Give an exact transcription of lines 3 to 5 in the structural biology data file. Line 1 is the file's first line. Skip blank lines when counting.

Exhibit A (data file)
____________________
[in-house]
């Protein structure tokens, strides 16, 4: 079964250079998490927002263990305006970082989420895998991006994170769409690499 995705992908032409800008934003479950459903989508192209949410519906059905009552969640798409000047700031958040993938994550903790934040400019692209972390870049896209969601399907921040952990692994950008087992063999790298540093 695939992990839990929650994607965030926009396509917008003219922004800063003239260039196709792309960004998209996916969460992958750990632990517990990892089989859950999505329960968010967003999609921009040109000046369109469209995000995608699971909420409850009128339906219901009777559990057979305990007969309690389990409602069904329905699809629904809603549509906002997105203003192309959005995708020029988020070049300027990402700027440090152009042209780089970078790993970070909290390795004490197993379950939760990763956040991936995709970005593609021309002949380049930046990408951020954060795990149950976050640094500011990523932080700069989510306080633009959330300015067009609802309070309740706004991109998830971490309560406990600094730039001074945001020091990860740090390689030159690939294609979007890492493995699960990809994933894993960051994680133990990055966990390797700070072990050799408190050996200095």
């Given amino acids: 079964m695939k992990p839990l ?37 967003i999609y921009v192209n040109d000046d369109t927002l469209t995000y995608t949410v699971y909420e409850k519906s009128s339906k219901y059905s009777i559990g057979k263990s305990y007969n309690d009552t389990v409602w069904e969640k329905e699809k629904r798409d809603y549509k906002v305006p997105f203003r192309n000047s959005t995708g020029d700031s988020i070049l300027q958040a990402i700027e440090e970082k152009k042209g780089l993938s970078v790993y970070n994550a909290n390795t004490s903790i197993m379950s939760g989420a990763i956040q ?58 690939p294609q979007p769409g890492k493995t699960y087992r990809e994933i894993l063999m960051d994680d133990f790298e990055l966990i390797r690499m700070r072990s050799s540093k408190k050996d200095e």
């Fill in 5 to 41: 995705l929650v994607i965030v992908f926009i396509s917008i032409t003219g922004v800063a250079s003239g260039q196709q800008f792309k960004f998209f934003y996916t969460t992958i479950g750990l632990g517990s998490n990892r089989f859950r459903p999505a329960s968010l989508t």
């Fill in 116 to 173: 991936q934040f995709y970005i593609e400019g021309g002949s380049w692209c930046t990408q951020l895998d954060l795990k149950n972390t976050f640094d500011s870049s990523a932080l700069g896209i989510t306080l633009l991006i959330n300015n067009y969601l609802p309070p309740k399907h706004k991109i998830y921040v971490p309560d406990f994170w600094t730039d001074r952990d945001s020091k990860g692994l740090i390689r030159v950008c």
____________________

């Given amino acids: 079964m695939k992990p839990l ?37 967003i999609y921009v192209n040109d000046d369109t927002l469209t995000y995608t949410v699971y909420e409850k519906s009128s339906k219901y059905s009777i559990g057979k263990s305990y007969n309690d009552t389990v409602w069904e969640k329905e699809k629904r798409d809603y549509k906002v305006p997105f203003r192309n000047s959005t995708g020029d700031s988020i070049l300027q958040a990402i700027e440090e970082k152009k042209g780089l993938s970078v790993y970070n994550a909290n390795t004490s903790i197993m379950s939760g989420a990763i956040q ?58 690939p294609q979007p769409g890492k493995t699960y087992r990809e994933i894993l063999m960051d994680d133990f790298e990055l966990i390797r690499m700070r072990s050799s540093k408190k050996d200095e």
């Fill in 5 to 41: 995705l929650v994607i965030v992908f926009i396509s917008i032409t003219g922004v800063a250079s003239g260039q196709q800008f792309k960004f998209f934003y996916t969460t992958i479950g750990l632990g517990s998490n990892r089989f859950r459903p999505a329960s968010l989508t």
């Fill in 116 to 173: 991936q934040f995709y970005i593609e400019g021309g002949s380049w692209c930046t990408q951020l895998d954060l795990k149950n972390t976050f640094d500011s870049s990523a932080l700069g896209i989510t306080l633009l991006i959330n300015n067009y969601l609802p309070p309740k399907h706004k991109i998830y921040v971490p309560d406990f994170w600094t730039d001074r952990d945001s020091k990860g692994l740090i390689r030159v950008c």